The proliferation of security and surveillance cameras has revealed cases of police malpractice and brutality that usually target Black and Brown minorities. These cases range from people being stopped by police cars and then getting beaten up following a minor discussion, to instances in which police officers fire their weapons with fatal consequences. Since the bashing of Rodney King in 1991, a case of police brutality that was caught on camera and sparked outrage in the Black community, the police has been increasingly scrutinized and instances in which procedure is not followed lead to legal battles. 

Such was the case involving Officer Ray Villalvazo and teenager Isiah Murrietta-Golding, who was fatally shot by the officer during a chase in Fresno, California.

The chase happened after Isiah and his brother were approached by the police while driving a car. They were suspects in the killing of a man who had been shot and then crashed his car into a tree the day before. Isiah’s brother later pleaded guilty to the murder. The footage of Isiah’s death has resurfaced due to a wrongful death lawsuit that is being contested. Yes, Isiah shouldn’t have run away, but, according to the teenager’s father, who acts as the plaintiff, the killing was premeditated and unjustified. Also, there is a justifiable suspicion in these cases when it comes to discrimination towards minorities.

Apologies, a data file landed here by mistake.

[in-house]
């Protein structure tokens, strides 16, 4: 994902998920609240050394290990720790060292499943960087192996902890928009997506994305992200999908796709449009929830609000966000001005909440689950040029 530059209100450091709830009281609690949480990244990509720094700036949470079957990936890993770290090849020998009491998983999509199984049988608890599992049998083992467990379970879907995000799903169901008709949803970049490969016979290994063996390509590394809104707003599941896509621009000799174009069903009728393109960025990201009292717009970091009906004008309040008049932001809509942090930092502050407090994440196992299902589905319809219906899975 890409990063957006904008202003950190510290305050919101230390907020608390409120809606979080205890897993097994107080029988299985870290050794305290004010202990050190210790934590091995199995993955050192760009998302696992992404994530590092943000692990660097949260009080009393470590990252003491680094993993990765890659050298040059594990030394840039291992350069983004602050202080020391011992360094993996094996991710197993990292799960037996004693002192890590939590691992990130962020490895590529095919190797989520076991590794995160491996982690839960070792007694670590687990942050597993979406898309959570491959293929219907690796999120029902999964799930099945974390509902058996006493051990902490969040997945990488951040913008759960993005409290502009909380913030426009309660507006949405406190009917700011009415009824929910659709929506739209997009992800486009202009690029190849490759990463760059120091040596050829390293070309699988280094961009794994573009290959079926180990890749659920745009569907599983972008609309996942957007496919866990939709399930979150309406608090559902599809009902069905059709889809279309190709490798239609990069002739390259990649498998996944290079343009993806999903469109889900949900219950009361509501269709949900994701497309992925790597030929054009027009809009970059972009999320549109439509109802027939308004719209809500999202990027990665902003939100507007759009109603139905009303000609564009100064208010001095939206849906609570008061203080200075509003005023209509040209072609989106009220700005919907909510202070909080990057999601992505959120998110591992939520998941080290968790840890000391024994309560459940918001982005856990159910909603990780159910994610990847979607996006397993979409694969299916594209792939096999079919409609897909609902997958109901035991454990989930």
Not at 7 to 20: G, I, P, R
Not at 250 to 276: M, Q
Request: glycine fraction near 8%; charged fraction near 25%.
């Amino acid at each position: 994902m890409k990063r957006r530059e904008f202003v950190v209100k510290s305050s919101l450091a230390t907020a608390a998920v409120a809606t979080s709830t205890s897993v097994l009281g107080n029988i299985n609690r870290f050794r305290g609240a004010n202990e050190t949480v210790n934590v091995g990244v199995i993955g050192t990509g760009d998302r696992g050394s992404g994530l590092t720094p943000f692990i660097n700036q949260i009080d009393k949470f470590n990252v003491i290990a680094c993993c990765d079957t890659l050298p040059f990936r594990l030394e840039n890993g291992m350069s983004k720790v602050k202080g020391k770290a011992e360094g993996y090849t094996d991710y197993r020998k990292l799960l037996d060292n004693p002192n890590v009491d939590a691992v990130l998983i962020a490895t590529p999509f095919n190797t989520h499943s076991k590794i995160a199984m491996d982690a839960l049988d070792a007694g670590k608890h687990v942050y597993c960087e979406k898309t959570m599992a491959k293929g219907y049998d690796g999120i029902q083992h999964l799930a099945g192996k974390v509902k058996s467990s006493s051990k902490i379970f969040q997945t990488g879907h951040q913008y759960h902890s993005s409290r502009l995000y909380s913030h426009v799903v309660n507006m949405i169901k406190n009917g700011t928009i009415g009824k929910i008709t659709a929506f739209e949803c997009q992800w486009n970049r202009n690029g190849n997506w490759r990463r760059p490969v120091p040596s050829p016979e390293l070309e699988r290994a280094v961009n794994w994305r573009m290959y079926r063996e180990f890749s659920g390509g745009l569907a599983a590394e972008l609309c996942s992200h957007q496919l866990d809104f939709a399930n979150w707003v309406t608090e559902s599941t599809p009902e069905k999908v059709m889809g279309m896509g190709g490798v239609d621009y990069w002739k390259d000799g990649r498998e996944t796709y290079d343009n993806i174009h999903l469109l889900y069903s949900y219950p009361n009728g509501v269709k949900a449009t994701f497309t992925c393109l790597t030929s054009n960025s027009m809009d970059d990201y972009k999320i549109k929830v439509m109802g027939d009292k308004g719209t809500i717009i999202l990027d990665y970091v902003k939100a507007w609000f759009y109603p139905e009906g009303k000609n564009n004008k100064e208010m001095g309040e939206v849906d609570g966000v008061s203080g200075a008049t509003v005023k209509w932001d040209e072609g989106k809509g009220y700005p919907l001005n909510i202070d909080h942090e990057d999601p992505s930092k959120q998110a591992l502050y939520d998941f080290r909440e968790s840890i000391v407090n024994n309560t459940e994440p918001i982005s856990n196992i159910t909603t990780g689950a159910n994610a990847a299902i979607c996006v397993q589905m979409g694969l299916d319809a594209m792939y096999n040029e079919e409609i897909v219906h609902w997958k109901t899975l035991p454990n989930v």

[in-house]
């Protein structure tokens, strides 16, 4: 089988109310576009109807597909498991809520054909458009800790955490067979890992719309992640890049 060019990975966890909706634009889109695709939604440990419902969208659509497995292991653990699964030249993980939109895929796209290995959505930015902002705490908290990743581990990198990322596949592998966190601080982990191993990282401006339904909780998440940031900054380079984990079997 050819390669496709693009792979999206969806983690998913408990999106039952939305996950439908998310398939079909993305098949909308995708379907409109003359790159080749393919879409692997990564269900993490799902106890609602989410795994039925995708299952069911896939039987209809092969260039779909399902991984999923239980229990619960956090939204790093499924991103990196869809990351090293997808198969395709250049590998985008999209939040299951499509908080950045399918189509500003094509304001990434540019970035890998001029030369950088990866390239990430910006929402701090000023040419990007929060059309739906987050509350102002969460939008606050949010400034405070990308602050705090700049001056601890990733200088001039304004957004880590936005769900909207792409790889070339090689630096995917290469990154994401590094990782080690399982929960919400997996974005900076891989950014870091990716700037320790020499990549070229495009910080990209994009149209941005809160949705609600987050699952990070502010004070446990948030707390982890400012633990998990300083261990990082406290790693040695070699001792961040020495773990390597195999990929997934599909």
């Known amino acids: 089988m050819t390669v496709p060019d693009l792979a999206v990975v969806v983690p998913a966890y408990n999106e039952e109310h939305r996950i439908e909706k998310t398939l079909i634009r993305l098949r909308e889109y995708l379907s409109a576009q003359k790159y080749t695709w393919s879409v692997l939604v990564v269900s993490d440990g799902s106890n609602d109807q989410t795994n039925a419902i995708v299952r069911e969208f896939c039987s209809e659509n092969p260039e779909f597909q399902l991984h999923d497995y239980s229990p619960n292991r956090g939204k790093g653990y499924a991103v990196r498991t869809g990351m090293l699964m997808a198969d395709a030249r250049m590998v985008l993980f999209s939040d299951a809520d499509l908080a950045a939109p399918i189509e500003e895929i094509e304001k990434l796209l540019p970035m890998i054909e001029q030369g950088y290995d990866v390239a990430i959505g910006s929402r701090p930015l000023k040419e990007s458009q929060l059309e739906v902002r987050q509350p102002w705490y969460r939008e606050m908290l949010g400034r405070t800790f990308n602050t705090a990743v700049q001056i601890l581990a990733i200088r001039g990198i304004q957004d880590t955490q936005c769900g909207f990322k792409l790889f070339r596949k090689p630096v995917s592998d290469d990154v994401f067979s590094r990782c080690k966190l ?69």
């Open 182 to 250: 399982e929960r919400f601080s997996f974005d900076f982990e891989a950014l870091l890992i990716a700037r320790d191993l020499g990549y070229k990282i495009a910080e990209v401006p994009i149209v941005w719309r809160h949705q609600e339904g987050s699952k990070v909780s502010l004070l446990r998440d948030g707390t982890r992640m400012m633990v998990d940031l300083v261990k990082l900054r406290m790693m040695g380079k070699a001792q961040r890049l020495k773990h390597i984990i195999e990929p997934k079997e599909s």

The incident took place in April 2017, but the heart-wrenching footage has just been released.

The incident took place while police was chasing Murrieta-Golding, an unarmed suspect. The fact that he wasn’t carrying a weapon is key, as the use of blunt force was ultimately unnecessary because the suspect did not represent a clear and imminent threat to the officers. However, an Office of Independent Review investigation concluded that the shooting was justified because the policemen believed that Murrieta-Golding was reaching for a weapon. As the Daily Mail reports, independent reviewer John Gliatta wrote: “‘The reasonableness of force is based on the officer making a split second decision after observing the suspect reaching for his waistband area several times during the foot pursuit”. But the footage questions whether the decision was really made in a split-second. 

Yes, Murrieta-Golding was wanted in connection to a homicide . Yes, as we have said he was a fugitive and the officers were within their rights to capture him, but that does not mean they had to shoot him while he was running away. 

The cop’s partner says “Good shot!” after the gun is fired… as if they were hunting or playing a video game.

Perhaps the most disturbing aspect of the video is the soundtrack, in which you can hear Villalvazo’s partner praising him for the shot. “Good shot!”. That is as wrong as it gets, from any point of view in which you wish to analyze it. It objectifies the suspect turned victim and makes killing seem inconsequential, like not a big deal. We can only imagine the suffering that was inflicted to Murrieta-Golding’s family after hearing these words. This kind of language is totally dehumanizing, and an affront to anyone who has been the victim of police brutality or who has lost a loved one in a similar way.